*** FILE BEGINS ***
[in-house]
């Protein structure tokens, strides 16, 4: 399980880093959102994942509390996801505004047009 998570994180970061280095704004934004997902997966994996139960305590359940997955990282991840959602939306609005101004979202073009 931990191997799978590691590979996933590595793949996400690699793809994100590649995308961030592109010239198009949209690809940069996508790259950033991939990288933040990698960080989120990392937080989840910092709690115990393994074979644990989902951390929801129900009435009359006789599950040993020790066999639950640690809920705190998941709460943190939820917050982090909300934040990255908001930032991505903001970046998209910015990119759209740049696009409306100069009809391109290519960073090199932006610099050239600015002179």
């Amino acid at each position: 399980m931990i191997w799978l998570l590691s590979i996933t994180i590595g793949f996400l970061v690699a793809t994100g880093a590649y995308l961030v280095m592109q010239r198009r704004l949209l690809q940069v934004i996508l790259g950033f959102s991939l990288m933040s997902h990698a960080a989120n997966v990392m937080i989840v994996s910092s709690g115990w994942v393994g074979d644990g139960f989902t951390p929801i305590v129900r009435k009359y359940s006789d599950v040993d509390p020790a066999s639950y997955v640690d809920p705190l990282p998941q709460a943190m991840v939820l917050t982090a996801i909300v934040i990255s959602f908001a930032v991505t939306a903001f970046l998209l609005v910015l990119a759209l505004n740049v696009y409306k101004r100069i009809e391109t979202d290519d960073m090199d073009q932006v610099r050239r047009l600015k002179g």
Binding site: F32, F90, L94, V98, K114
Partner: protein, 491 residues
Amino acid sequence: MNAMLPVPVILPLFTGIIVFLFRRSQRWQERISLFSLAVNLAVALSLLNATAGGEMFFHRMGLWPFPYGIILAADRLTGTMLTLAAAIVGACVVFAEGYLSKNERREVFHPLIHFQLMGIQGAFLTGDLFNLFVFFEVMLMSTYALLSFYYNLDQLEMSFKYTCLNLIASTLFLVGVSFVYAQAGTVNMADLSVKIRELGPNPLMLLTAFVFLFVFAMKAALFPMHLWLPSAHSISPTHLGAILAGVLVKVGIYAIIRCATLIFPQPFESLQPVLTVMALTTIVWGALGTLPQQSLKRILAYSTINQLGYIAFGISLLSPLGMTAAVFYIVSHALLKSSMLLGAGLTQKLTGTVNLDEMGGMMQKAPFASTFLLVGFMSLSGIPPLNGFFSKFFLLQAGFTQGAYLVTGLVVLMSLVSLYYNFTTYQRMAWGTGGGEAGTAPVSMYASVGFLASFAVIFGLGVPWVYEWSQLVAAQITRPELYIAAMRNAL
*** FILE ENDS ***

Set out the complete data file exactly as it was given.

[in-house]
């Protein structure tokens, strides 16, 4: 399980880093959102994942509390996801505004047009 998570994180970061280095704004934004997902997966994996139960305590359940997955990282991840959602939306609005101004979202073009 931990191997799978590691590979996933590595793949996400690699793809994100590649995308961030592109010239198009949209690809940069996508790259950033991939990288933040990698960080989120990392937080989840910092709690115990393994074979644990989902951390929801129900009435009359006789599950040993020790066999639950640690809920705190998941709460943190939820917050982090909300934040990255908001930032991505903001970046998209910015990119759209740049696009409306100069009809391109290519960073090199932006610099050239600015002179």
């Amino acid at each position: 399980m931990i191997w799978l998570l590691s590979i996933t994180i590595g793949f996400l970061v690699a793809t994100g880093a590649y995308l961030v280095m592109q010239r198009r704004l949209l690809q940069v934004i996508l790259g950033f959102s991939l990288m933040s997902h990698a960080a989120n997966v990392m937080i989840v994996s910092s709690g115990w994942v393994g074979d644990g139960f989902t951390p929801i305590v129900r009435k009359y359940s006789d599950v040993d509390p020790a066999s639950y997955v640690d809920p705190l990282p998941q709460a943190m991840v939820l917050t982090a996801i909300v934040i990255s959602f908001a930032v991505t939306a903001f970046l998209l609005v910015l990119a759209l505004n740049v696009y409306k101004r100069i009809e391109t979202d290519d960073m090199d073009q932006v610099r050239r047009l600015k002179g």
Binding site: F32, F90, L94, V98, K114
Partner: protein, 491 residues
Amino acid sequence: MNAMLPVPVILPLFTGIIVFLFRRSQRWQERISLFSLAVNLAVALSLLNATAGGEMFFHRMGLWPFPYGIILAADRLTGTMLTLAAAIVGACVVFAEGYLSKNERREVFHPLIHFQLMGIQGAFLTGDLFNLFVFFEVMLMSTYALLSFYYNLDQLEMSFKYTCLNLIASTLFLVGVSFVYAQAGTVNMADLSVKIRELGPNPLMLLTAFVFLFVFAMKAALFPMHLWLPSAHSISPTHLGAILAGVLVKVGIYAIIRCATLIFPQPFESLQPVLTVMALTTIVWGALGTLPQQSLKRILAYSTINQLGYIAFGISLLSPLGMTAAVFYIVSHALLKSSMLLGAGLTQKLTGTVNLDEMGGMMQKAPFASTFLLVGFMSLSGIPPLNGFFSKFFLLQAGFTQGAYLVTGLVVLMSLVSLYYNFTTYQRMAWGTGGGEAGTAPVSMYASVGFLASFAVIFGLGVPWVYEWSQLVAAQITRPELYIAAMRNAL